Absconding in Honey Bees

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Honey bees absconding from their hive is a perplexing event for beekeepers. Going out to a hive that was busy and full or bees yesterday – now it is empty! That can be quite a shock. This represents a significant loss to the beekeeper and presents somewhat of a mystery. Why, we don’t always understand why honey bees abscond – there are some common factors to consider. In this guide, I share with you some of the most common situations where absconding occurs in bees.

Empty beehive with only a few workers after colony absconded.

As time goes by, everyone learns that beehive management is not always about getting the bees to do what you want. More so, it involves trying to understand why bees do what they do. If you can, this makes you a better beekeeper.

Why do Bees Abscond?

Finding a beehive that was active a few days ago and is now empty, is especially upsetting to new beginning beekeepers. Your first thought may be – what did I do wrong? And, maybe you did do something wrong! But, maybe not.

When a colony absconds from the hive, all the bees may be gone. Sometimes, a few young workers may be left behind and even some bee brood. Sometimes, bees leave a a hive full of honey!

While we don’t always understand why this behavior occurs, we do know some of the triggers that seem to be present in these situations. Honestly, it happens more often than you may think. So, don’t beat yourself up – yet 😉

Beekeeper with skunk and beetles inspecting hive for causes of absconding bees.

Possible Causes of Absconding Honey Bees

Lets review some possible reasons for a honey bee colony to abscond. Of course, we will probably never know for certain in each case – but these situations often accompany absconding.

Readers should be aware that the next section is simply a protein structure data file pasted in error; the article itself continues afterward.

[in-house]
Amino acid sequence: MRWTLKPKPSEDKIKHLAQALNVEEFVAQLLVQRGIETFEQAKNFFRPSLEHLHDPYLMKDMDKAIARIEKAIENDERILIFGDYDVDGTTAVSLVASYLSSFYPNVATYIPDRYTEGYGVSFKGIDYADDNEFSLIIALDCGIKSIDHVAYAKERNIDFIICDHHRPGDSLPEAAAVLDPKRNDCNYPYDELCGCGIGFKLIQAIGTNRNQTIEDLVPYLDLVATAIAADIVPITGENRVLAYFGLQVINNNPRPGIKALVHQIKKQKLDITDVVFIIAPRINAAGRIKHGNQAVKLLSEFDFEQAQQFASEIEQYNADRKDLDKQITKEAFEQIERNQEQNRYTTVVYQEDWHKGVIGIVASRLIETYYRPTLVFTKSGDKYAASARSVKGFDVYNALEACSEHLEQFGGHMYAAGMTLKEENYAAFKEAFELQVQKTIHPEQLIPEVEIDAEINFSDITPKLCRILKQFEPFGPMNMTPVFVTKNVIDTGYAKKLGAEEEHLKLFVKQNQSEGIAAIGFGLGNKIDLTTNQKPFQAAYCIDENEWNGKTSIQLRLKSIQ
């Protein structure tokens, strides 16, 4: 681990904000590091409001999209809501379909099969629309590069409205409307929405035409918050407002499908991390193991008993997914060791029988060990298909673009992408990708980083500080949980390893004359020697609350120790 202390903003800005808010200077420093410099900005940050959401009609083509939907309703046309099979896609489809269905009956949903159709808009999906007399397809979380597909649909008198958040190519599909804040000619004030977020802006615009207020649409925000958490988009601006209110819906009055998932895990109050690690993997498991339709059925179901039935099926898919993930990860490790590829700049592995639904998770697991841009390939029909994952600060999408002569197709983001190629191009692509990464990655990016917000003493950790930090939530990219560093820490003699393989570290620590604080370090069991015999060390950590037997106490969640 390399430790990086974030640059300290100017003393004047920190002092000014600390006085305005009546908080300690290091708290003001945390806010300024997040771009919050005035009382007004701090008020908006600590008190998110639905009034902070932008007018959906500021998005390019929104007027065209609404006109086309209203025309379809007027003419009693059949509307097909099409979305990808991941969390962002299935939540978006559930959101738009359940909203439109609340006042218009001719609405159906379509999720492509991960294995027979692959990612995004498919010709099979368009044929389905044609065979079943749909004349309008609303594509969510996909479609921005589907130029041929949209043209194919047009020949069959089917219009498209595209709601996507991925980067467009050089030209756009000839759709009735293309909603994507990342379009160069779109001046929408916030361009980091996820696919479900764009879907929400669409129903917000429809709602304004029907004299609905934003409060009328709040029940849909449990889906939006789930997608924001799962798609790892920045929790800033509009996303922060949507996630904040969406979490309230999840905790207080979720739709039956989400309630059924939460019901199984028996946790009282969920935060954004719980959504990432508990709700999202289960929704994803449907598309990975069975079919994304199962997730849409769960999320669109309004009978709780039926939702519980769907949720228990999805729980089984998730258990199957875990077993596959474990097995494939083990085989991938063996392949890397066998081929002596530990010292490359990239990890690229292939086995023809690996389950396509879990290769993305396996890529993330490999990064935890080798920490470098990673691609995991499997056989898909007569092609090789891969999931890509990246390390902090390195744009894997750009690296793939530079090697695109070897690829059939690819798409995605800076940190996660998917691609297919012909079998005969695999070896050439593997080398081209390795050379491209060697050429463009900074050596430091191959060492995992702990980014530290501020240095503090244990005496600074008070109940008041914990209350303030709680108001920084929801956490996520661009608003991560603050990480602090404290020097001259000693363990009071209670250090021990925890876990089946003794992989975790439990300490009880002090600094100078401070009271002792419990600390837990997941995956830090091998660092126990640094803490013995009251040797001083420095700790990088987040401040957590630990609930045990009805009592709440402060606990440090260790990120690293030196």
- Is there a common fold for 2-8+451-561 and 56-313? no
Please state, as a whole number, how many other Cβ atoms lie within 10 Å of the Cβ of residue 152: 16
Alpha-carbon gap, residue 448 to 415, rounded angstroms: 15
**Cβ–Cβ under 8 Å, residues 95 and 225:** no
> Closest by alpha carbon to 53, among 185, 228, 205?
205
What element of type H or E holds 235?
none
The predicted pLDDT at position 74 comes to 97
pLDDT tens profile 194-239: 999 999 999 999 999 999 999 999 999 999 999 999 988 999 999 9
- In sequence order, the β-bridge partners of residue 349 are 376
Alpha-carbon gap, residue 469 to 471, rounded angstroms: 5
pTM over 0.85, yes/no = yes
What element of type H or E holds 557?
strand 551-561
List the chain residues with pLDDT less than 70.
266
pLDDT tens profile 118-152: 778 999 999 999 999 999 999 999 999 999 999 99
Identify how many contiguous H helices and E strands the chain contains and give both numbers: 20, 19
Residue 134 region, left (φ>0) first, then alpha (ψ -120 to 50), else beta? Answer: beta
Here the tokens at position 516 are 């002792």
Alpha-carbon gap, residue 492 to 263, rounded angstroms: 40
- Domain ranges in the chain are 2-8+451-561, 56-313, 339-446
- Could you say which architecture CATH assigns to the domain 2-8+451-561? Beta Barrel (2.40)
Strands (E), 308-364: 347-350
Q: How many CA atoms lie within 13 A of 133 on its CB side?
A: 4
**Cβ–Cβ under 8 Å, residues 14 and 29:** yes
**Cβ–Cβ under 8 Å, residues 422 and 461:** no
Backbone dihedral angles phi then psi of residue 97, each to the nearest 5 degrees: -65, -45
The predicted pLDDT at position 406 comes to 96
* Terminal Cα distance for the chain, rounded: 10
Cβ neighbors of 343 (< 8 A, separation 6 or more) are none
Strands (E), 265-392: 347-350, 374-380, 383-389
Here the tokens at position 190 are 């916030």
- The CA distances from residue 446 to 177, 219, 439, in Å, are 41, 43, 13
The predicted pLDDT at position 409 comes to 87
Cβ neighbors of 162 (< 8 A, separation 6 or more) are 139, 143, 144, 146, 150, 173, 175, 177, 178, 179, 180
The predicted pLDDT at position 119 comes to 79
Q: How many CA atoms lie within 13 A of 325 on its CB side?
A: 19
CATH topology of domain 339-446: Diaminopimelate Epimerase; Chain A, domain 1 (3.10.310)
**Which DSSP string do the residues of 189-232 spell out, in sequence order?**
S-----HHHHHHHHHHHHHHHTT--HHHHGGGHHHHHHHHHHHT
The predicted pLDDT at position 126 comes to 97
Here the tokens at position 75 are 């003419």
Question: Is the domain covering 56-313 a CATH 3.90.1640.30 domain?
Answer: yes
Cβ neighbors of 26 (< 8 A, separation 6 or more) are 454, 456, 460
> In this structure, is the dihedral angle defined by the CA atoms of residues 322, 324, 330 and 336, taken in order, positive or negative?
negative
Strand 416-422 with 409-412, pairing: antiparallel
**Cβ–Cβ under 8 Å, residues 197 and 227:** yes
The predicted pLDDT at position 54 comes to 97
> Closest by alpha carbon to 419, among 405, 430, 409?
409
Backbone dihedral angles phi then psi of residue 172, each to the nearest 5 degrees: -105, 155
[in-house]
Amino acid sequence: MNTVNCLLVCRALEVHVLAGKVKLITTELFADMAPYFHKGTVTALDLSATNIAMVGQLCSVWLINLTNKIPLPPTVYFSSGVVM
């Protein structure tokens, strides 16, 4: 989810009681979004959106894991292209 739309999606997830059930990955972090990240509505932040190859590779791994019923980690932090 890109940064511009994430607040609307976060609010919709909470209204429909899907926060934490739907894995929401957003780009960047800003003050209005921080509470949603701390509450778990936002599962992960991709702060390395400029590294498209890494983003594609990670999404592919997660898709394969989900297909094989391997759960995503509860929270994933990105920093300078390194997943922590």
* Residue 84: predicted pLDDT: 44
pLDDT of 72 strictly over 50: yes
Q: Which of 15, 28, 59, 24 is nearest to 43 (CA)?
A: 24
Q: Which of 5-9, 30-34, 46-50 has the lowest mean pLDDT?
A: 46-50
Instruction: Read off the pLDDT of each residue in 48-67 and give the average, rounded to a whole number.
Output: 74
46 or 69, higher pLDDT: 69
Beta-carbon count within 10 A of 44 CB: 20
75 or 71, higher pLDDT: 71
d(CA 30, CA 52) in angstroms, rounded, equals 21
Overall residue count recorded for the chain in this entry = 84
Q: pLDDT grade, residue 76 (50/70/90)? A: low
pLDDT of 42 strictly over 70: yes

• frequent disturbance from predators at night
  • over anxious beekeepers opening the hive too much or being rough
  • aggressive ant species in the bee yard
  • very high level of hive pests
  • bees are uncomfortable with hive
  • poor ventilation
  • bad beehive location
  • bee genetics

Predators Disturbing Hives at Night

The colony may be under attack from predators at night. Skunks opossums and raccoons eat honey bees. They scratch at the hive entrance and when guard bees come out to investigate – they are eaten.

Now, I love skunks (weird right ;). This problem can be solved by choosing a proper hive stand to raise the hive off the ground. The bees are protected and your back with thank you someday.

If large predators are a problem in your area, perhaps you should consider putting some type of fencing around the bee yard. An electric bear fence can keep them away and can deter other types of predators too.

Opening Hives too Often

While it is important to know how to inspect your beehive– do not go into the hive every other day. This is not normal and it will affect the progress of your colony.

If you do trouble them too much, you may find the hive empty on your next visit. Try to minimize the disturbance when you do look inside. A little cool white smoke from your smoker and a quick gentle inspection is best.

Bee smoker with cool white smoke and an open beehive.

Aggressive Ants

Ants are attracted to beehives and cause considerable aggravation for beekeepers. A small infestation of ants will aggravate the beekeeper more than the bee colony.

However in some areas, aggressive “fire ants” and other species (Argentine Ants) can invade the hive. This causes enough of a disturbance to force bees to abscond and seek better living conditions.

I try to eliminate fire ants with a granular ant killer and inventive beekeepers come up with other ways to keep ants out of their beehives.

High Level of Pests

Sometime honey bees leave their hive due to being small, weak and unhealthy. Already stressed when pests move in (varroa mites, hive beetles ,etc ) may cause the colony to abscond.

The beekeeper can help prevent this by routine varroa mite testing to see if treatment is required. And, by using hive beetle traps as needed.

Do you have an very large number of predator insects near the hives? What about wasps and hornets? If you have a large population of yellow jacket wasps attacking your weak hives- make your own wasp trap or buy one – give your bees a helping hand! 

Most of these conditions on their own are not necessarily a big problem. But, all this stress contributes to unhappy bees.